Keith Mills, who worked for WJZ, WMAR and WBAL, speaks about his career as he prepares to scale back his responsibilities.
He turned 62 last week, but doesn’t look it. That boyish smile and crinkling eyes belie the 40 years Keith Mills has spent in sports broadcasting — the past 13 on WBAL’s graveyard shift — and the drug arrests that scarred him inside, if not out.
Come Friday, Mills will retire, having left his mark on three TV stations (and two radio), probed hundreds of personalities, won an Emmy, earned the Maryland Sportscaster of the Year award in 2010, brought high school sports to the fore and curried the favor of folks in his hometown — to Mills, the only market that ever mattered.
“Could I have done this somewhere else?” Mills asked. “I’m a blue-collar, grassroots child of Baltimore, with a [vertical] crease in my forehead that I got from my mother, who grew up in Locust Point, that I wear as a badge of honor. Sure, my ‘Bawlamorese’ butchered the language along the way and, sometimes, I was too energetic on the air. But I was accepted here because I’m from here, and I’ll go to my grave thinking that.”
Wherever he goes, colleagues say, Mills draws crowds.
“Five years ago, on Preakness Saturday, we took a shuttle from WBAL to Pimlico that morning, in a crawl,” said Pete Gilbert, the weekend sports anchor at Channel 11. “We decided to get out and walk. Well, it was like everyone we passed had to stop, hug or shake hands with ‘Millsy.’ We got to the track all right, but the shuttle would have been faster.”
It’s easy to rip somebody and hide behind the mic. I stick to the games and their performance.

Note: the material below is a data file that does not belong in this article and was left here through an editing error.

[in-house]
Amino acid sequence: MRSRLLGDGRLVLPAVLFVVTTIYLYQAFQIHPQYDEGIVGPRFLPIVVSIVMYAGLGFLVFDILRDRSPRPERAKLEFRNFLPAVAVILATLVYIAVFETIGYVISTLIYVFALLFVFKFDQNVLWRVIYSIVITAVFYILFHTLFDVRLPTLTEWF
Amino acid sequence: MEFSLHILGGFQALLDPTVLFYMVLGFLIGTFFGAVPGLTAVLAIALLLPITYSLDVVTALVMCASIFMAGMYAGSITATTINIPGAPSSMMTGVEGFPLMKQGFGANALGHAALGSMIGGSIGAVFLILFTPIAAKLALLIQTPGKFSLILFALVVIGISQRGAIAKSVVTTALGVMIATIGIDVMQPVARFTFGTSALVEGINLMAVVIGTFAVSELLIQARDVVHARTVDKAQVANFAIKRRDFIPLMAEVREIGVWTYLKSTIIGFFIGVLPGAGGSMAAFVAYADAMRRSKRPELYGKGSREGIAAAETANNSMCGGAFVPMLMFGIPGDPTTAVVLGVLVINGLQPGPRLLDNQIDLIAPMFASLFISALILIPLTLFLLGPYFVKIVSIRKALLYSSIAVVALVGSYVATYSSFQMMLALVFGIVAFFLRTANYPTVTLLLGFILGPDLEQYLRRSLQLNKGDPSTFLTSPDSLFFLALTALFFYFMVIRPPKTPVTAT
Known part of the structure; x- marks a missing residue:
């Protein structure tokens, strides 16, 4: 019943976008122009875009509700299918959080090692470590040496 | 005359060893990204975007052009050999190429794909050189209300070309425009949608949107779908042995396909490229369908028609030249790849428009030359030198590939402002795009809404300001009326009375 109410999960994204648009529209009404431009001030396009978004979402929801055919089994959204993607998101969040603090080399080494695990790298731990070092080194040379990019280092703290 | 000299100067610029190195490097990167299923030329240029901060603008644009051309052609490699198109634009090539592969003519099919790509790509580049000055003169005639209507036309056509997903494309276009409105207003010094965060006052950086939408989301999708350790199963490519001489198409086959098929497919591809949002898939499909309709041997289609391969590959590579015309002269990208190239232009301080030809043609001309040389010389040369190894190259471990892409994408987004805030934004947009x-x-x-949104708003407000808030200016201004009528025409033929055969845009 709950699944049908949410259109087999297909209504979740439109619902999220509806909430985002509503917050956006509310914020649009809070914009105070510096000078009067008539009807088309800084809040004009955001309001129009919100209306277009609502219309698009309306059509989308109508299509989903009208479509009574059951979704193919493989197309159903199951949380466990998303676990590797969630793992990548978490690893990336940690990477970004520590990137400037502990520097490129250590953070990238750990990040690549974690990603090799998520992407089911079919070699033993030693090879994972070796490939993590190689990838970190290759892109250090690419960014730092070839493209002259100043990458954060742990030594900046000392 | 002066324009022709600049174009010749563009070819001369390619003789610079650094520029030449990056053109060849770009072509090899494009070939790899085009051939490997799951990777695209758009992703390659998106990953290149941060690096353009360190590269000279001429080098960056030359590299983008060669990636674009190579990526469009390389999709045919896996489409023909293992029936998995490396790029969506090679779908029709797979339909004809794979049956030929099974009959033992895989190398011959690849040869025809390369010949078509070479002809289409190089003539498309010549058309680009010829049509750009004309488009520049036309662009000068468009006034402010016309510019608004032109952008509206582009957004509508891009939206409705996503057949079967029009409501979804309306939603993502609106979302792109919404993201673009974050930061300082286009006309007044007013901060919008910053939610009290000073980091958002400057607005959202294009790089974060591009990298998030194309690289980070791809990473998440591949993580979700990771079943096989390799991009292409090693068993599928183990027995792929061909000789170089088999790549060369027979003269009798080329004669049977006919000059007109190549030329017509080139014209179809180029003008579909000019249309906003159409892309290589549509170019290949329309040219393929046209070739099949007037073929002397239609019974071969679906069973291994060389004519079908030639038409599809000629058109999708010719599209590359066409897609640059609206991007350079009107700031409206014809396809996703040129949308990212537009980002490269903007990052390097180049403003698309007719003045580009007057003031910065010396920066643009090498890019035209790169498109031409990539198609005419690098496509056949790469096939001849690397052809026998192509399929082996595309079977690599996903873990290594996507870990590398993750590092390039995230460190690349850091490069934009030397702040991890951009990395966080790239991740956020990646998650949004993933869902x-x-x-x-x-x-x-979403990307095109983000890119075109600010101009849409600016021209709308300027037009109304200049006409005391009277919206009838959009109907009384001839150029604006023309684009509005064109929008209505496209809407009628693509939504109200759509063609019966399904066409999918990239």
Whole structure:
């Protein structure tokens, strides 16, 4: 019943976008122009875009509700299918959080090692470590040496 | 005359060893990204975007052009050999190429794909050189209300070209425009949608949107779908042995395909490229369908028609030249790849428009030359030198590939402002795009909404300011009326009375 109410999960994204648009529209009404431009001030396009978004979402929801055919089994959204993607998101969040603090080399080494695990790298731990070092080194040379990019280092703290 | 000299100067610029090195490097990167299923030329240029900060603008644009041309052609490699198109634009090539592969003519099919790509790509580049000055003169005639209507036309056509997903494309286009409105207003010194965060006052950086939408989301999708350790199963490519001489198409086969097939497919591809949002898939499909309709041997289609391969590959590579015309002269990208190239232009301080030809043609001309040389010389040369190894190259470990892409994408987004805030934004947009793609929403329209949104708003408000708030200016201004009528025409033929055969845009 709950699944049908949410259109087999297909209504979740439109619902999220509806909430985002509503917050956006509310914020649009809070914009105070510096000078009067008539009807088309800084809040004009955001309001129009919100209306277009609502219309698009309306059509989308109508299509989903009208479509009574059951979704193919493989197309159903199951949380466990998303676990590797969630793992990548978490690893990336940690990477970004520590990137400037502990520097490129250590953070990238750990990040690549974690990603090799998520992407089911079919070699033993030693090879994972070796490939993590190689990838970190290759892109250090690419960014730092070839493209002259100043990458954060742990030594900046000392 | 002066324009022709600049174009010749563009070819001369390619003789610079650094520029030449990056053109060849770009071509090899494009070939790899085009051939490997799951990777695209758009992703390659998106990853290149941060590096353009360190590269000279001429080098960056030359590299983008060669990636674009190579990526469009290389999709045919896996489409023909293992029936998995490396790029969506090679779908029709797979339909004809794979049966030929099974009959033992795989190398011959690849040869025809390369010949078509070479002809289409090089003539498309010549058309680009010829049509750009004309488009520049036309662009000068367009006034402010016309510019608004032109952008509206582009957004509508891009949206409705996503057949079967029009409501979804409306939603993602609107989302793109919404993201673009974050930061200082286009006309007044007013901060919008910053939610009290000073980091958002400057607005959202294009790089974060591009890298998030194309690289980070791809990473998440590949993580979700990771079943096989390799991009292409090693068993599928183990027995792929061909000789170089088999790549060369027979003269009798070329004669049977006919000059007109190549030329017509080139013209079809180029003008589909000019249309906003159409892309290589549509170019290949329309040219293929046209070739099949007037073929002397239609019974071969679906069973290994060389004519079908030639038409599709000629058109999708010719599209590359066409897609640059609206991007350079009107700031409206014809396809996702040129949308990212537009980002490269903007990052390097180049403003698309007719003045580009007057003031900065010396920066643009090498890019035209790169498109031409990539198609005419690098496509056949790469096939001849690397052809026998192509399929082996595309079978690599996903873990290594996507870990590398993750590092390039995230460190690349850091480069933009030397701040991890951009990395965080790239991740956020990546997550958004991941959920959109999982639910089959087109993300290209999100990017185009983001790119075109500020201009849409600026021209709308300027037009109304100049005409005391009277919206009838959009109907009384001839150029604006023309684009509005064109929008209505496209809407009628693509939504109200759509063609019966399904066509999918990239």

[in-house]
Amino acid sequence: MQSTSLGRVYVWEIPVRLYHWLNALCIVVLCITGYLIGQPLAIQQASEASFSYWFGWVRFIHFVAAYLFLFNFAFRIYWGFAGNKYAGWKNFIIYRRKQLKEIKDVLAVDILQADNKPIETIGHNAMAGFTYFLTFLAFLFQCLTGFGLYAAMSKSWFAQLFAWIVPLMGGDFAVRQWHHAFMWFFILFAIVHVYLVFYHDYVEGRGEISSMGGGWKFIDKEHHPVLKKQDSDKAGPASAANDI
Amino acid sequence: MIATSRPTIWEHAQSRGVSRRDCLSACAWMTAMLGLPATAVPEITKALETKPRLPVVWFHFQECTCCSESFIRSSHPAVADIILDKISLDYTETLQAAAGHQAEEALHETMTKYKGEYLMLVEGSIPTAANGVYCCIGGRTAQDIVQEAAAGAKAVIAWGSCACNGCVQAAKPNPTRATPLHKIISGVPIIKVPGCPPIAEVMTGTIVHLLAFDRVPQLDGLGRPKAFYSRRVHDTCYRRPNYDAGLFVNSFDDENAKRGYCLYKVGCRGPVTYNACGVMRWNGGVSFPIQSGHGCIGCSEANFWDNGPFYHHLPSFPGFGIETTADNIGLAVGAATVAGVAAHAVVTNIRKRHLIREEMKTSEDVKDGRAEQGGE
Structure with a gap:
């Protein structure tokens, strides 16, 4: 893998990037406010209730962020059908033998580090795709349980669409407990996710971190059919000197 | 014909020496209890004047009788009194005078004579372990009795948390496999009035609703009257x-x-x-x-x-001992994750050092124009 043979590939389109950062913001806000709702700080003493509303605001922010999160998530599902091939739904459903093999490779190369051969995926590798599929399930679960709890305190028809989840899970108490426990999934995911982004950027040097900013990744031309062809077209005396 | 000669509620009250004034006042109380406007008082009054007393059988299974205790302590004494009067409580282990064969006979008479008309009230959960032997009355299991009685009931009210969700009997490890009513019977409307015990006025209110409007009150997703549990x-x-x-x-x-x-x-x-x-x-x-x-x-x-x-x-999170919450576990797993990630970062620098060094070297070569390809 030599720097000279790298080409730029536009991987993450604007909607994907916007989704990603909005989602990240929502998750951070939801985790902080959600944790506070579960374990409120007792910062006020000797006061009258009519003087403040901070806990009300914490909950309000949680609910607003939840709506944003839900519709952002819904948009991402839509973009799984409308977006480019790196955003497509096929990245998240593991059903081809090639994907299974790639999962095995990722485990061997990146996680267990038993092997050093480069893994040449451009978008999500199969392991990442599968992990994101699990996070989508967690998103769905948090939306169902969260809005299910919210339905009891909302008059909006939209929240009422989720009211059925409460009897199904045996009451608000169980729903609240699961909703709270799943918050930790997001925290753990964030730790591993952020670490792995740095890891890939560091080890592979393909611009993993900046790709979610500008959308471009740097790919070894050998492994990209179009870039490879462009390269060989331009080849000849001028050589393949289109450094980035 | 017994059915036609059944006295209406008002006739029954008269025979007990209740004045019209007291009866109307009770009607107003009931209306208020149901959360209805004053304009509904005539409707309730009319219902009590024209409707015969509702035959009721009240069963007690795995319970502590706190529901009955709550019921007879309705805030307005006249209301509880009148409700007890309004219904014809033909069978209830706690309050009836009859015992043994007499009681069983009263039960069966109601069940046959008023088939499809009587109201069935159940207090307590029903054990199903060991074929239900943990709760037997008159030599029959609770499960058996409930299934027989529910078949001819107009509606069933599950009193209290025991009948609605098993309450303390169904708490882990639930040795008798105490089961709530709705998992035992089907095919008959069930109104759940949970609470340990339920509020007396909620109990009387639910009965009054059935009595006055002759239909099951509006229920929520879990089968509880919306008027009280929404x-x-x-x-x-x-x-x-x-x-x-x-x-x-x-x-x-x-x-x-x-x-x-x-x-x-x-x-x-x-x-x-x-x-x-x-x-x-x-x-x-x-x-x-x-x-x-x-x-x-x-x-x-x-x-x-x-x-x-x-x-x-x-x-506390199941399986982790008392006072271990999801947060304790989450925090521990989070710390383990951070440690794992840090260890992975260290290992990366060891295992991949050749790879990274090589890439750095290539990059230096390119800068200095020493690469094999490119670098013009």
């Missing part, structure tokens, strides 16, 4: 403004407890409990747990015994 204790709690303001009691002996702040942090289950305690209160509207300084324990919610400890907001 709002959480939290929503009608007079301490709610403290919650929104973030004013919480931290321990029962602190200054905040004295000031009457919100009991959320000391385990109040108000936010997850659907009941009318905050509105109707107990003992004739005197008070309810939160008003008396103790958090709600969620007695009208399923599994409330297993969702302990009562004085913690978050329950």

WBAL sports broadcaster Keith Mills
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People still ask about his addiction to pain-killing drugs and arrest in 2006, when Mills broke into a home in Linthicum and stole medications from a cancer-stricken neighbor. That incident landed him in jail and cost him his job at WMAR-TV, where he’d reported sports for nearly 20 years.
Mills, who’d become hooked on painkillers years before while battling both back and ankle injuries, meets the questions head-on.
“It was my fault. I knew exactly what I was doing. I was out of control,” he said. “I knew the two arresting officers and, as I sat in a cell in the Hammonds Lane Police Station, all of these emotions came pouring out — guilt, embarrassment, anger, self-pity and shame. To have my father and son see me in shackles was the most humiliating moment of my life.”
For the second time, Mills sought treatment — he’d been arrested before — and was sentenced to nine months of house arrest. Soon after, WBAL sought his help with its Preakness coverage. His probation officer agreed. Mills parlayed that work into a full-time gig with the station where, from 5 a.m. to 9 a.m., he does 11 broadcasts on radio (including for 98 Rock) and two on TV. Never mind the ungodly hours.
“I was damaged goods; I dug a deep hole, and the people here saved my life,” he said. Recovered now, Mills has shared his story voluntarily with more than 50 youth and corporate groups.
“I do feel I have a handle on [the addiction], but it’s nothing you can take for granted,” he said.